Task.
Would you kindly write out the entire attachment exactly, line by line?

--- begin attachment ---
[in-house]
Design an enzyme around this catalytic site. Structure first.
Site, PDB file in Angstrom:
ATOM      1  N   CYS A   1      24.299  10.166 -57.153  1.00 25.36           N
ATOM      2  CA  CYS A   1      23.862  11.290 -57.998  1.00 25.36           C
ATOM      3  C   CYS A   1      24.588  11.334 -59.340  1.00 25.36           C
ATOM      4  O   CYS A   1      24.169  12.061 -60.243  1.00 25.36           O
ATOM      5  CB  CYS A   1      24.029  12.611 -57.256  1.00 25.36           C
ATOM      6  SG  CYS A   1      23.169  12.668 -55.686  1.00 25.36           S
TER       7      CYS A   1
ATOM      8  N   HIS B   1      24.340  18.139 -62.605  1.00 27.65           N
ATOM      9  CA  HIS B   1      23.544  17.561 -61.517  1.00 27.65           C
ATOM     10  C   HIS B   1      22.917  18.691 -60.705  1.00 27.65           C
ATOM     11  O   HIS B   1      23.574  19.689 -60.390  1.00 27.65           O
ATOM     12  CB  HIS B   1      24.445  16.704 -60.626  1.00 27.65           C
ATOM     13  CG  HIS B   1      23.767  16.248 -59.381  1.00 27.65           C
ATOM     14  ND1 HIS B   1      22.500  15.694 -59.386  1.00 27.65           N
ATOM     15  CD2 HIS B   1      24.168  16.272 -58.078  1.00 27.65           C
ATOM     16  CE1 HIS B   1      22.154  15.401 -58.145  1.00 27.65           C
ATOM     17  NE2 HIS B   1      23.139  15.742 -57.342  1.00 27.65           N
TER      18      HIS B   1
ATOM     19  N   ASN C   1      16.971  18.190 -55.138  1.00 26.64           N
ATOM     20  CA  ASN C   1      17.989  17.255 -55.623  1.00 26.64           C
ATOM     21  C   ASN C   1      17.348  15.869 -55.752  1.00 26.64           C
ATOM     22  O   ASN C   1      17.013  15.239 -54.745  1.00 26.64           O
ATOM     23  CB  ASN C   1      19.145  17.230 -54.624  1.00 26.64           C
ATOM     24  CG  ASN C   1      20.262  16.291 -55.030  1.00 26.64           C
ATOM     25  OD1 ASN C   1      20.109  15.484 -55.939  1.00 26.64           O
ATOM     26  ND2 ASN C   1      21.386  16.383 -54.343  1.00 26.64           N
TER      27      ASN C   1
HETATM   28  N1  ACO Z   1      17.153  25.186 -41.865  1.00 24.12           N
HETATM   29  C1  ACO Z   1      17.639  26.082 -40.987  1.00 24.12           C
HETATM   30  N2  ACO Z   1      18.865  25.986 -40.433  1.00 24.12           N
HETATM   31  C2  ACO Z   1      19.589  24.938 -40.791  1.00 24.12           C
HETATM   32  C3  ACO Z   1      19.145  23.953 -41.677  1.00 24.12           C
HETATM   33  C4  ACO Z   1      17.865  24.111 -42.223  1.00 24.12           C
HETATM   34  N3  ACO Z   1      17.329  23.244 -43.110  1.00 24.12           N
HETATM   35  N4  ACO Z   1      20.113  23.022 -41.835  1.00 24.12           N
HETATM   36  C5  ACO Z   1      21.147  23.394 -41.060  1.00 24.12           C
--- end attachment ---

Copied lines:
[in-house]
Design an enzyme around this catalytic site. Structure first.
Site, PDB file in Angstrom:
ATOM      1  N   CYS A   1      24.299  10.166 -57.153  1.00 25.36           N
ATOM      2  CA  CYS A   1      23.862  11.290 -57.998  1.00 25.36           C
ATOM      3  C   CYS A   1      24.588  11.334 -59.340  1.00 25.36           C
ATOM      4  O   CYS A   1      24.169  12.061 -60.243  1.00 25.36           O
ATOM      5  CB  CYS A   1      24.029  12.611 -57.256  1.00 25.36           C
ATOM      6  SG  CYS A   1      23.169  12.668 -55.686  1.00 25.36           S
TER       7      CYS A   1
ATOM      8  N   HIS B   1      24.340  18.139 -62.605  1.00 27.65           N
ATOM      9  CA  HIS B   1      23.544  17.561 -61.517  1.00 27.65           C
ATOM     10  C   HIS B   1      22.917  18.691 -60.705  1.00 27.65           C
ATOM     11  O   HIS B   1      23.574  19.689 -60.390  1.00 27.65           O
ATOM     12  CB  HIS B   1      24.445  16.704 -60.626  1.00 27.65           C
ATOM     13  CG  HIS B   1      23.767  16.248 -59.381  1.00 27.65           C
ATOM     14  ND1 HIS B   1      22.500  15.694 -59.386  1.00 27.65           N
ATOM     15  CD2 HIS B   1      24.168  16.272 -58.078  1.00 27.65           C
ATOM     16  CE1 HIS B   1      22.154  15.401 -58.145  1.00 27.65           C
ATOM     17  NE2 HIS B   1      23.139  15.742 -57.342  1.00 27.65           N
TER      18      HIS B   1
ATOM     19  N   ASN C   1      16.971  18.190 -55.138  1.00 26.64           N
ATOM     20  CA  ASN C   1      17.989  17.255 -55.623  1.00 26.64           C
ATOM     21  C   ASN C   1      17.348  15.869 -55.752  1.00 26.64           C
ATOM     22  O   ASN C   1      17.013  15.239 -54.745  1.00 26.64           O
ATOM     23  CB  ASN C   1      19.145  17.230 -54.624  1.00 26.64           C
ATOM     24  CG  ASN C   1      20.262  16.291 -55.030  1.00 26.64           C
ATOM     25  OD1 ASN C   1      20.109  15.484 -55.939  1.00 26.64           O
ATOM     26  ND2 ASN C   1      21.386  16.383 -54.343  1.00 26.64           N
TER      27      ASN C   1
HETATM   28  N1  ACO Z   1      17.153  25.186 -41.865  1.00 24.12           N
HETATM   29  C1  ACO Z   1      17.639  26.082 -40.987  1.00 24.12           C
HETATM   30  N2  ACO Z   1      18.865  25.986 -40.433  1.00 24.12           N
HETATM   31  C2  ACO Z   1      19.589  24.938 -40.791  1.00 24.12           C
HETATM   32  C3  ACO Z   1      19.145  23.953 -41.677  1.00 24.12           C
HETATM   33  C4  ACO Z   1      17.865  24.111 -42.223  1.00 24.12           C
HETATM   34  N3  ACO Z   1      17.329  23.244 -43.110  1.00 24.12           N
HETATM   35  N4  ACO Z   1      20.113  23.022 -41.835  1.00 24.12           N
HETATM   36  C5  ACO Z   1      21.147  23.394 -41.060  1.00 24.12           C